by John Burns
I had become resigned to death but it was the manner of it that rankled. I was going to die on a Mod. If that wasn’t bad enough I’d forgotten my helmet. I could imagine the conversations about my death.
“On a Mod, really!” they would say, “Of course, he never was much good on rock. No helmet too, I hear.” Vague innuendo of incompetence before the conversation returned to the weather. Searching in my memory I tried to remember when I had last been so scared and then it came to me, the common denominator, John. He had lured me, there can be no other word, on to this crumbling edifice of a climb on the Ben, why had I let him, why had I been fooled again?
I met John in the IMC almost 15 years ago now. I remembered the first Winter route we did when he led me, unroped and trembling, up my first grade II. Little has changed since then. We are contrasting climbers. I pride myself on safety, practice my belays, do everything by the book. John has never read the book, and if he had he would have tossed it contemptuously aside and done the crossword in the Sun. I always hoped that I could balance out his disdain for caution by making both of us safe. On this route that was not to be. Even if you know all the tricks you need something that won’t instantly crumble to attach yourself to. I looking at the detached block we were tied to. I could see that if John fell the slightest pull would dislodge it. I imagined us falling, landing in a heap in the corrie only to suffer the final indignity of being crushed by our own belay like Wily Coyote in the Road Runner cartoons. I was also certain that John would walk away with barely a scratch whilst I would suffer horrible injuries. Such are the torments in the mind of a second who has all the time he needs to contemplate his doom. The leader at least has his destiny in his hands and often little time for imagination.
All the while I was tormented by my own incompetence at letting him get me into such a situation. I had been reluctant to start at all, seeing the state of the rock. John had assured me that it would improve higher up and carried on climbing through greasy slabs and loosely attached vegetation. Here I had begun to murmur my mantra “Let’s abb. off“. It had started as a suggestion but had become a prayer.
John was impervious to this and kept saying it would get better soon. He had led out up the crag avoiding some overhangs and disappeared out of sight. After a while the rope stopped running out and I waited for a long, long time. Eventually I decided that he must have died, the lager, roll ups and pursuit of l’amour had finally done for him. Clutching his chest he must have fallen back into the heather and departed for another life. What upset me most was that he had chosen to pass into the afterlife with me tied to him on this vertical slag heap. I was just about to solo up after him when the rope was taken in. Unfortunately for me it did not follow John’s line of ascent but drooped under the overhangs compelling me to follow through the overhanging rock. As I climbed up to the overhanging flake I noticed a little grassy ledge just below it that would allow me to hold the top of the flake and walk my feet along underneath. This was a trap, as soon as I did so the grass departed from the rock and left me swinging free from my hands. I looked left and saw another little grassy foot ledge. Lunging for it I discovered that this was also a trap as it too plunged into the corrie. At this point I was doing a passable impersonation of a cyclist who has, for some reason, been plucked from his bike and suspended in mid-air. My legs continued to pedal a non-existent machine. With my last dregs of strength I threw a leg over the top of the flake and was up, gasping like a landed fish. In a few moments I was with John.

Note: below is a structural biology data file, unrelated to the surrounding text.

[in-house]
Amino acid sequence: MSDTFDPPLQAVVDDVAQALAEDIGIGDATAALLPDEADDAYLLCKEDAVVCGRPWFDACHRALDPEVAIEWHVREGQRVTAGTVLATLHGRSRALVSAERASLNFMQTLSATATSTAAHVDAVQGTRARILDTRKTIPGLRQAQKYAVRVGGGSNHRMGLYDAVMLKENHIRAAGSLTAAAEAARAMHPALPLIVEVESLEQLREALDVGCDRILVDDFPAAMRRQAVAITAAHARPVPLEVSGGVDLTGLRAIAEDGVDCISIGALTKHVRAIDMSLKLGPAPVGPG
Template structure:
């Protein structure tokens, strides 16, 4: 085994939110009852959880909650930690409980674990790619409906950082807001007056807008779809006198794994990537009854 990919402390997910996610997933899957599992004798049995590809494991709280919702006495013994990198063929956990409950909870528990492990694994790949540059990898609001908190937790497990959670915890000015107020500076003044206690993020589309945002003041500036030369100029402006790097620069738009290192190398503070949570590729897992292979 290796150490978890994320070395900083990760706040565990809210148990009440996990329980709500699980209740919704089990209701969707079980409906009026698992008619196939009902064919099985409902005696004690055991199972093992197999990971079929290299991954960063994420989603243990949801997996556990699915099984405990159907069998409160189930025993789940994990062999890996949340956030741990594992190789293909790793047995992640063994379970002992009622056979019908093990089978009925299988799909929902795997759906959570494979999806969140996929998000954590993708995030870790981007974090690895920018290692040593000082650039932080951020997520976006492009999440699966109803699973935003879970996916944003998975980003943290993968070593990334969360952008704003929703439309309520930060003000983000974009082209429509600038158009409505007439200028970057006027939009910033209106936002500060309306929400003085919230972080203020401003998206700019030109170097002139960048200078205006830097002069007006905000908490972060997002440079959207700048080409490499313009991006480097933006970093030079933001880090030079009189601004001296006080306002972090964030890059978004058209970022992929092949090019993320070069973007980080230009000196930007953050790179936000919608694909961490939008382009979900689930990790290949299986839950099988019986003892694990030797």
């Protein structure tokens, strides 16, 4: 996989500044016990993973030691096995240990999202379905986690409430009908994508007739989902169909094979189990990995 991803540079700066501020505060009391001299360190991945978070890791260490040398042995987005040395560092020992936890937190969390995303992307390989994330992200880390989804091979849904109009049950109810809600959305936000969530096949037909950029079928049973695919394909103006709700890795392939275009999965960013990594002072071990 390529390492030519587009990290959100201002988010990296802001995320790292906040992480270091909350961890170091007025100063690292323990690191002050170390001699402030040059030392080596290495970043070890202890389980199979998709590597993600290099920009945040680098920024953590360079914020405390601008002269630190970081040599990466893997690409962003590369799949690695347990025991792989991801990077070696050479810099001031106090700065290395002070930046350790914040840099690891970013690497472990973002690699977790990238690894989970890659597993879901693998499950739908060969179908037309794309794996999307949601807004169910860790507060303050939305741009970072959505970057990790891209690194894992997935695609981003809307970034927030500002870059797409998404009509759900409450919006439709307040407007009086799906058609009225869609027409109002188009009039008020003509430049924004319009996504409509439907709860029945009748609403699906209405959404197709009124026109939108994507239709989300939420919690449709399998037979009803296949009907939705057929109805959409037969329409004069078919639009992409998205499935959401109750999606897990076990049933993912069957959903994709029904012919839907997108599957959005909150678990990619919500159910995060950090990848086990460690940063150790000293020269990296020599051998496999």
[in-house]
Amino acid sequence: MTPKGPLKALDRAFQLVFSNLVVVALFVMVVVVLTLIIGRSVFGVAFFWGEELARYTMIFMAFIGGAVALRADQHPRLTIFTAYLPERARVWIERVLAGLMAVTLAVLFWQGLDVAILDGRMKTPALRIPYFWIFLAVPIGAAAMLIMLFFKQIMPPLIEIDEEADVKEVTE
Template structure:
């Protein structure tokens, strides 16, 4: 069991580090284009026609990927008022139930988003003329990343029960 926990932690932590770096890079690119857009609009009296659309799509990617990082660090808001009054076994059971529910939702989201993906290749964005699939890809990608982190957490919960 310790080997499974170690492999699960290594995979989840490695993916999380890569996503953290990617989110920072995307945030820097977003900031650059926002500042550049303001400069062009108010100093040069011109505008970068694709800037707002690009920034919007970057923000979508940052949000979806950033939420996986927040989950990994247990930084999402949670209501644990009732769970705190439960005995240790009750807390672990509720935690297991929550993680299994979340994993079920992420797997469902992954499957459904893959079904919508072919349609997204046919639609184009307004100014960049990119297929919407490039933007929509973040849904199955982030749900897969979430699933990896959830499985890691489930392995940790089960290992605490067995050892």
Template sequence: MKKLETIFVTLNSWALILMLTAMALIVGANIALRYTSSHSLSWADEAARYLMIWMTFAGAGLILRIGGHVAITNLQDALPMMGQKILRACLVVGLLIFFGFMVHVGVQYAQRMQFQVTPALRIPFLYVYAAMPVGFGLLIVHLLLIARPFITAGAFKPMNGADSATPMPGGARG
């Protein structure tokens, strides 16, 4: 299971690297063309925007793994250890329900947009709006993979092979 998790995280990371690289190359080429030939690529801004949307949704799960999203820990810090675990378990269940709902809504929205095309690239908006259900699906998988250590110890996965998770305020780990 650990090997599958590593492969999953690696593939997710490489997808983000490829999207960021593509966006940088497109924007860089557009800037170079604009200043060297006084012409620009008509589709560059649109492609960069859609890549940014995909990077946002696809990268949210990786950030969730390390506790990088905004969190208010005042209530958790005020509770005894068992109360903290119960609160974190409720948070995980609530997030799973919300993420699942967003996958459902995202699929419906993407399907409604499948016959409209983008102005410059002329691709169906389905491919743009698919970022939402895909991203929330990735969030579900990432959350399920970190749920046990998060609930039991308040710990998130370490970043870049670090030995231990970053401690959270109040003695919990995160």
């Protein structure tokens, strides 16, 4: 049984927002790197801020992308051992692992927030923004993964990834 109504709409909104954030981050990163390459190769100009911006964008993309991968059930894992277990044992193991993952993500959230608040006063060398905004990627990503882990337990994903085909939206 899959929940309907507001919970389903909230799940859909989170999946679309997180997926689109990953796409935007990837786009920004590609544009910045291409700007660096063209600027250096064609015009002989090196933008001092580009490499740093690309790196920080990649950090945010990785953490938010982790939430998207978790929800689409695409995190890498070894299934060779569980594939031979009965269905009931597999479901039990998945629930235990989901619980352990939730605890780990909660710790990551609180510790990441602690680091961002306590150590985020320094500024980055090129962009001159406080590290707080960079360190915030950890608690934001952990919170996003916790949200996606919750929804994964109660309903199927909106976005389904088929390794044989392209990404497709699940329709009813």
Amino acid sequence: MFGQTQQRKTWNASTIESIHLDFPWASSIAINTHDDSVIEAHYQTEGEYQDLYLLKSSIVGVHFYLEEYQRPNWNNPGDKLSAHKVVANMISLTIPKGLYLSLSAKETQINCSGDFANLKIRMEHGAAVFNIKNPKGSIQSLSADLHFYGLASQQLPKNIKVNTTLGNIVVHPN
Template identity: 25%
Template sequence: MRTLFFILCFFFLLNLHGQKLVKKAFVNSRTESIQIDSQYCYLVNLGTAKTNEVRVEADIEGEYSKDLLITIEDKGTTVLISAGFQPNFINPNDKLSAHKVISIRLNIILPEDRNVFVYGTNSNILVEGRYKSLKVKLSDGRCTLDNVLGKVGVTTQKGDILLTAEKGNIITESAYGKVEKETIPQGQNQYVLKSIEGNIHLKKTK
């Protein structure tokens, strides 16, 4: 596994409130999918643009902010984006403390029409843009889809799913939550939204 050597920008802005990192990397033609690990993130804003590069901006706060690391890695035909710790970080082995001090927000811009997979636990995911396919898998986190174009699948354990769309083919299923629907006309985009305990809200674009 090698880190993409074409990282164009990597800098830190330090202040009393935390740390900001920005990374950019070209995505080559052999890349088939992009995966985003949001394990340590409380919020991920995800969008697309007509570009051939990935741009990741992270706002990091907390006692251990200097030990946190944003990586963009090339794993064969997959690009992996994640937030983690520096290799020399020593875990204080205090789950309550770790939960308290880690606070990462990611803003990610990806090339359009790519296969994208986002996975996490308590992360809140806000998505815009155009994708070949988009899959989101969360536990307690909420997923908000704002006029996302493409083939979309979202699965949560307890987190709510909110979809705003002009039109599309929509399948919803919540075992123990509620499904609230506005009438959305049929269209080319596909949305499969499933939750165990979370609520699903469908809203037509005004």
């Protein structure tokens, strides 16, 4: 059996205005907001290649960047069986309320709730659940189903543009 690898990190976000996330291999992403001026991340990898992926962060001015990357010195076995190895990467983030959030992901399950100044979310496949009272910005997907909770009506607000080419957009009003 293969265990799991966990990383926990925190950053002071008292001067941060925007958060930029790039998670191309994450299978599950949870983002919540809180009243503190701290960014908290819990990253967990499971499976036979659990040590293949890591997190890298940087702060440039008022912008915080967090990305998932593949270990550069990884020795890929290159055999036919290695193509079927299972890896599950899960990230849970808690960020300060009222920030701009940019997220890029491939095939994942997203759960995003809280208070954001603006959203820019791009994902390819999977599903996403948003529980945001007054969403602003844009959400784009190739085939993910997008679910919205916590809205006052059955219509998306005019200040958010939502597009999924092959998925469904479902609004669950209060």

I think I said something about ‘abbing off‘; he said it would get better soon and carried on. It was only when I was about to leave the stance that I examined his belay. There in the back of a crack lay my only flexible friend. I say lay because it wasn’t attached to anything. It was twisted as if it had been the victim of some terrible road accident. The wires were bent and the cams hung at weird angles. It dawned on me that whilst I had struggled with the overhang, this had been our only protection, I might as well have soloed it. Dark thoughts began to well up in my mind, I wanted to kill him. Very, very slowly. It is strange that for one of John’s mechanical aptitude Friends are beyond him. John makes the old pioneers look over-equipped, he has basically nothing, which is just as well because if he had a rack of high tech gear it would simply weigh him down.
Eventually we made it to the plateau, I have never been so relieved to get off a climb. “That was the worst climb I’ve done in my life.” I announced to John. He looked hurt “Oh, I’ve done worse.” he said. I didn’t doubt it. “I’ve had people in tears you know,” he had once told me with a mixture of pride and delight. Now I was one of them. Since we met, all those years ago in the club, we have climbed, drunk, fought and letched together for nearly 15 years. We have moved together in darkness 1500 ft above the corrie ﬂoor in Meagaidh with only a single ice screw pushed into neve between us. I have lowered him off into darkness on one shaky runner retreating from the NE Buttress of Aonach Beag. Somehow he always gets me into trouble and though we’re not the best climbers in the world we probably have the most fun. It is more than a rope that joins climbers. I know that despite myself I’ll always get fooled again.